Killings in the Amazon: Peruvian protests even more violently repressed

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colonos is reproducing here a text by Ben Powless on, including the “INTERNATIONAL DENUCIATION of President Alan García Pérez of Peru and his admistration” by the COORDINATING BODY OF ANDEAN INDIGENOUS ORGANZIACIONES – CAOI.

We have received various notices from people in the Amazon reporting about 10 – 40 indigenous protesters having been shot dead.

Photo by Marijke Deleu
Photo by Marijke Deleu (

Here goes:

50 days of protest and one massacre in the Peruvian Amazon

I’m writing this right now from Peru after having taken part in a 5 day Indigenous Peoples Summit held in Puno, Peru in the high Andes.
At that gathering we heard from representatives, including Alberto Pizango, elected representative of the Peruvian Amazonian peoples, about the ongoing protests they were waging, and the repression faced as a result, from their opposition to some of the plans the Peruvian government has for ‘developing’ the Amazon region and opening it for oil, mineral, logging, and agricultural exploitation, on the homelands of many Indigenous communities. In response, there have been over 50 days of continuous protest, shutting down parts of the Amazon and the Andes.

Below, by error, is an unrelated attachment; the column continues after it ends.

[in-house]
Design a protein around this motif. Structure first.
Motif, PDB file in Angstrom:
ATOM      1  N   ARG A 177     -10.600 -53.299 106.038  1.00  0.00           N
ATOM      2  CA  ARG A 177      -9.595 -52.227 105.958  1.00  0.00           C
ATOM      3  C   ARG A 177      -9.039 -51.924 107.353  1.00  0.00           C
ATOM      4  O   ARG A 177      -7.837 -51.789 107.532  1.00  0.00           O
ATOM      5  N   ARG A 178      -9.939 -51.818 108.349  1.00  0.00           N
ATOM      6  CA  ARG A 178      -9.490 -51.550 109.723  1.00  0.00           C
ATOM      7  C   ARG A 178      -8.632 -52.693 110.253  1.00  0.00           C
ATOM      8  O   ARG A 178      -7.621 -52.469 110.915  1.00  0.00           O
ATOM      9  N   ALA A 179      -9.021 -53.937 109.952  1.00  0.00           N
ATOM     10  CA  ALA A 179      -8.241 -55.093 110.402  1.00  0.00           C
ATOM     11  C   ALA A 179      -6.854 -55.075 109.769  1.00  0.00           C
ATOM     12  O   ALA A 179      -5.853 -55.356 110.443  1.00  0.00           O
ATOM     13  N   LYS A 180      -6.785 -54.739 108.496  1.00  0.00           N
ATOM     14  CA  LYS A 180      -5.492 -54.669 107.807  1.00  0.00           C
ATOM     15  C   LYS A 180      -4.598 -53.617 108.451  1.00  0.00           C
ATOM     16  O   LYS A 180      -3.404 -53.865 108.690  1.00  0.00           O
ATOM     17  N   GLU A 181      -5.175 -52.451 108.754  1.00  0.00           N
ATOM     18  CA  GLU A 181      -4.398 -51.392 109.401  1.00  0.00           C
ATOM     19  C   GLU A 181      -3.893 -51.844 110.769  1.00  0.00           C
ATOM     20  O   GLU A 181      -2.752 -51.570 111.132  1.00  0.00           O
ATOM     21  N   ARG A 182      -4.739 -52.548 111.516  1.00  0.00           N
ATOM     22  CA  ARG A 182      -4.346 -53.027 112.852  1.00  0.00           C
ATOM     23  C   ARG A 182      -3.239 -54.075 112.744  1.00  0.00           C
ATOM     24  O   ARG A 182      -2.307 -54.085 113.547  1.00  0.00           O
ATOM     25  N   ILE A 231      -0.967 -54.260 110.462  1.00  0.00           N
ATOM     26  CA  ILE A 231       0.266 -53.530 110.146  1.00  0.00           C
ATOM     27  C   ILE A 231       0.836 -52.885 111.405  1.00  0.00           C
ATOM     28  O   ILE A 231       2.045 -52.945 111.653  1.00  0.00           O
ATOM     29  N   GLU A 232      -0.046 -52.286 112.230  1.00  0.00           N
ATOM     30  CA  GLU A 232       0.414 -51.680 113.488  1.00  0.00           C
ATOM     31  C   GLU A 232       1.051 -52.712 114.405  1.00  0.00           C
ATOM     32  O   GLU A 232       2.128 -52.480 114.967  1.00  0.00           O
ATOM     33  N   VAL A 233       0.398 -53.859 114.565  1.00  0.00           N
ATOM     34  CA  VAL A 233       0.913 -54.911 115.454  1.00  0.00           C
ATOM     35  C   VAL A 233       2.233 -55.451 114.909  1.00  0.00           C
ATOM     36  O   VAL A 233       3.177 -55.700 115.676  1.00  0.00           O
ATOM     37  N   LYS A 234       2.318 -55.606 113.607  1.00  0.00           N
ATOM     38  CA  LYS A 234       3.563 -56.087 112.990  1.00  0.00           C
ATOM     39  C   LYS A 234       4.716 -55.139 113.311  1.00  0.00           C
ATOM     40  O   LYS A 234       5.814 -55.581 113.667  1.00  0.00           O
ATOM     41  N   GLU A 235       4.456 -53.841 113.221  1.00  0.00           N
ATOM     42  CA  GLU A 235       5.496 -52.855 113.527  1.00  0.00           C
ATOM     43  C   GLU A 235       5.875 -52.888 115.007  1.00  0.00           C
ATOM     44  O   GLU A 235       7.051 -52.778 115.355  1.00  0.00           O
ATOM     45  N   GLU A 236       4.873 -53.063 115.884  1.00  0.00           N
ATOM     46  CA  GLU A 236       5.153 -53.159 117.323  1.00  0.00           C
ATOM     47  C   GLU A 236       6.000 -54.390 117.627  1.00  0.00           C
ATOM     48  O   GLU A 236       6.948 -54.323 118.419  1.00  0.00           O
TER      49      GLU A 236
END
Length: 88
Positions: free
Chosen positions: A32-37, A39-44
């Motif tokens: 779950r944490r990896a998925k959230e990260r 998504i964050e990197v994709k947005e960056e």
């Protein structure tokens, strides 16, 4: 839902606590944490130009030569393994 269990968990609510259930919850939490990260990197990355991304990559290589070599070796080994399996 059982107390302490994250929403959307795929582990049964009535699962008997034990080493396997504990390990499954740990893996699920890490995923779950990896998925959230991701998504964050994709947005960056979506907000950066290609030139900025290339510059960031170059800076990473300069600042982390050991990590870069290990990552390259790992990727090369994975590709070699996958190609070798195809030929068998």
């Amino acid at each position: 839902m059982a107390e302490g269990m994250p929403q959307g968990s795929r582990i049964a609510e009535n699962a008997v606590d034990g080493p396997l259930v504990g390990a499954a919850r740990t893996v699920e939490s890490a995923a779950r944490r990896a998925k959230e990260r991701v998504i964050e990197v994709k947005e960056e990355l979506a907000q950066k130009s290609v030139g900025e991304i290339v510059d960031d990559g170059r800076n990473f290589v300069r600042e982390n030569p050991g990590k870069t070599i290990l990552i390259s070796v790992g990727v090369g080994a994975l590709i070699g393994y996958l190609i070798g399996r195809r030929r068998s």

Alberto Pizango addresses a crowd of around 3000 Indigenous Peoples from across the Americas gathered in Puno, on Lake Titicaca. He was interrupted repeatedly by cheers from the crowd, Pizango, were with you!
Alberto Pizango addresses a crowd of around 3000 Indigenous Peoples from across the Americas gathered in Puno, on Lake Titicaca. He was interrupted repeatedly by cheers from the crowd, "Pizango, we're with you!"

This morning, the situation took a turn for the worst. The government reacted by sending in police to violently remove the protesters, with different reports claiming as many as 20, 30, or more lives lost in the violent fight that erupted. The protesters had been sleeping at a roadblock maintained over the past few weeks when helicopters arrived and shot at people below, according to witnesses and local journalists. The government has also put out an arrest warrant for Pizango, who spoke today in Lima, for instigating the violence, as if to pretend the intense anger and frustration isn’t coming out of the communities themselves. This is not how World Environment Day should be celebrated.